• Pediatric Ophth/Strabismus, Retina/Vitreous

    Investigators evaluated whether people with AMD and a history of amblyopia have equal severity of AMD in both eyes.

    Study design

    Billing records were used to locate all people with a history of amblyopia and AMD who were seen at a single institute over a 12-year period. Two masked ophthalmic graders determined the severity of AMD [Chesapake Bay Scoring System, scale of 1 (least severe) to 4 (most severe)] in each eye using fundus photos and a validated grading scale.

    Outcomes

    Fourteen people were found to have AMD and a documented history of amblyopia. Eyes with amblyopia had a lower AMD severity score (mean lower score: −1.38; P=0.019). Of the 11 people with asymmetric disease severity, 10 individuals had worse AMD in the non-amblyopic eye (P=0.0067).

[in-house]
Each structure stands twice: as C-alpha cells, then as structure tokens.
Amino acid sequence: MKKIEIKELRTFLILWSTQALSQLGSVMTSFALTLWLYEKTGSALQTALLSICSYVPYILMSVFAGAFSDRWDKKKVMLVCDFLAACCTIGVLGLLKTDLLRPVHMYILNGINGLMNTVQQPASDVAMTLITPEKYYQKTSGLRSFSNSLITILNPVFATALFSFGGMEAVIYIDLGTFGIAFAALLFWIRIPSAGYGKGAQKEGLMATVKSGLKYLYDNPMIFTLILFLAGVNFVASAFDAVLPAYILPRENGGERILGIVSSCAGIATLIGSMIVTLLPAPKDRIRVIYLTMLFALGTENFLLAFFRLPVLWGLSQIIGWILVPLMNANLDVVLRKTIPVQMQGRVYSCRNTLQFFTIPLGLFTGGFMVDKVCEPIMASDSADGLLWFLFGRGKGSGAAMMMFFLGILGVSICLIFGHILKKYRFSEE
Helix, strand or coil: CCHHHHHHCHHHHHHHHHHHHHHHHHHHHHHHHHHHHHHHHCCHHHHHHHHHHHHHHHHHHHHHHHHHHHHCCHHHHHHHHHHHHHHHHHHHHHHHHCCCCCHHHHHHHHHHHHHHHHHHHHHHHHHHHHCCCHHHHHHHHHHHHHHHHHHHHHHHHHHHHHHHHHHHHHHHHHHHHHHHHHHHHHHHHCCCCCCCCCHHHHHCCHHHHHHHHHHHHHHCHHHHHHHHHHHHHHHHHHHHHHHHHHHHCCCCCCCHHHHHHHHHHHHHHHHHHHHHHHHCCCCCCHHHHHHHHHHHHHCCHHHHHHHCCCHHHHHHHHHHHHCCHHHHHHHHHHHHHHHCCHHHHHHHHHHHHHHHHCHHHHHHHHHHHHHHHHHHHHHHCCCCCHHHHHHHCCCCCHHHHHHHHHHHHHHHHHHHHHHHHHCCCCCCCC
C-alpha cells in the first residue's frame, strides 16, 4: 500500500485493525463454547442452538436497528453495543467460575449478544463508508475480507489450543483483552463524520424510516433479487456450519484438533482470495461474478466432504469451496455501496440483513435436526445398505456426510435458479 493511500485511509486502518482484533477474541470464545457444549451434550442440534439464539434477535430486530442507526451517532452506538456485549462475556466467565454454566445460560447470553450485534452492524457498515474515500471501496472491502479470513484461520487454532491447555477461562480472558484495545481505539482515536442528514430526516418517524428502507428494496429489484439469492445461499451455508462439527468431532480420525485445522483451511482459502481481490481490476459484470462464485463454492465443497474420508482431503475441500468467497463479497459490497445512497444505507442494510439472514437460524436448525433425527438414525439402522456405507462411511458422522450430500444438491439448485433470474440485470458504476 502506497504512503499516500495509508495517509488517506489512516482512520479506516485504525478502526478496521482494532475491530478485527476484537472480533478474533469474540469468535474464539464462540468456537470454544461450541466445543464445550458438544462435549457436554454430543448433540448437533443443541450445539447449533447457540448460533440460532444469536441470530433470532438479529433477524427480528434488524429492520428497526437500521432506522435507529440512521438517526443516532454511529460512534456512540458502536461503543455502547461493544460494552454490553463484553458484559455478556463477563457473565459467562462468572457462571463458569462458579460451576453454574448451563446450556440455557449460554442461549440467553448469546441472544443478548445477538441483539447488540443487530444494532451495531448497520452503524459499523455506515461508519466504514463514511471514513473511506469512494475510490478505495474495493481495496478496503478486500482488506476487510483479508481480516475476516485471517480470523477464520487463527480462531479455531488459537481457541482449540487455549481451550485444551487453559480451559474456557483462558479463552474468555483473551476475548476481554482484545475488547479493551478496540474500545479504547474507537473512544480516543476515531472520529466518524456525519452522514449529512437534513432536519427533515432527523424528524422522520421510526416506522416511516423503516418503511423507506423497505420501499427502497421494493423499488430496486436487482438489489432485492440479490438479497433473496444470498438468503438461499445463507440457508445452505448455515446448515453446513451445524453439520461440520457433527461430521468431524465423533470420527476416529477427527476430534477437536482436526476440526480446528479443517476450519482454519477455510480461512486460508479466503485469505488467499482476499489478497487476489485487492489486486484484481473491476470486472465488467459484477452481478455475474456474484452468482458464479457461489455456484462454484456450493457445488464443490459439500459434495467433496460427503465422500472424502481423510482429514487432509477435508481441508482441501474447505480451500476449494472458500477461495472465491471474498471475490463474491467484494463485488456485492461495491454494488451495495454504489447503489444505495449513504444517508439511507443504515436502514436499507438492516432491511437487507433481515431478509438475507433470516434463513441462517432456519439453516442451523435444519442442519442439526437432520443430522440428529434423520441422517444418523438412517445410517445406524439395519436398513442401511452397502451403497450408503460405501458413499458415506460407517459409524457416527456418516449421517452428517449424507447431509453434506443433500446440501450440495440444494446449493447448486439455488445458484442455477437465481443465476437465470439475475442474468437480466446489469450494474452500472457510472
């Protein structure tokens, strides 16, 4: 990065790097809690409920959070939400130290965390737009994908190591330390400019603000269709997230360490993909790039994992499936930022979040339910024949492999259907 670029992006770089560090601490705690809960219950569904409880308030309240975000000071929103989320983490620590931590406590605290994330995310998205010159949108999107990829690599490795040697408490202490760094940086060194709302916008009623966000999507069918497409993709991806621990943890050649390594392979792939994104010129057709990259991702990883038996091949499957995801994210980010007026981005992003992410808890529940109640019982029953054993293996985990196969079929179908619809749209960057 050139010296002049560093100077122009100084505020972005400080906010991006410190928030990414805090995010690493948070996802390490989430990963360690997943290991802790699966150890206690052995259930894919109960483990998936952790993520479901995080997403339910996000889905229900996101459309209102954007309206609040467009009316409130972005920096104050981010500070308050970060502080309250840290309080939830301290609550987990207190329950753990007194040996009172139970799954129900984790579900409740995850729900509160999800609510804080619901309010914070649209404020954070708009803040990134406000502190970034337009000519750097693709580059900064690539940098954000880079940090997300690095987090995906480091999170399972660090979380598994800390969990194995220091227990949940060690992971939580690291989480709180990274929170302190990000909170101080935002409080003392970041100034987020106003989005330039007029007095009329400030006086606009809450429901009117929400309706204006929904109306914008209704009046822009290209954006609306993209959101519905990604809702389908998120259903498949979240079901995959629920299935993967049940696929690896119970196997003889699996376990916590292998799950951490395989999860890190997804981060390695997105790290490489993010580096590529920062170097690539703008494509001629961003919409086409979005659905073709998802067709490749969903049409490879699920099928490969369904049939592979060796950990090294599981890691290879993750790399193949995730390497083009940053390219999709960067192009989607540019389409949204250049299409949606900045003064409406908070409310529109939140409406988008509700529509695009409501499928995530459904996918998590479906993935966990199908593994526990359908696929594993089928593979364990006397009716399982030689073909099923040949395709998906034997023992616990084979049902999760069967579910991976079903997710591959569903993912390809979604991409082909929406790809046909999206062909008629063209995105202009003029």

Limitations

    The study was intended as a pilot study and hence, is limited by its low numbers. A pooled data from multiple centers could potentially yield more significant results.

    Clinical significance

    The pathogenesis of amblyopia is still unclear. There is evidence to suggest a neural origin of disease, but there could be a retinal factor as well. If there truly is a meaningful correlation between AMD and amblyopia, it could give interesting insight into the retinal component of amblyopia. Clinically, it is relevant to know that the better seeing eye is more affected by AMD.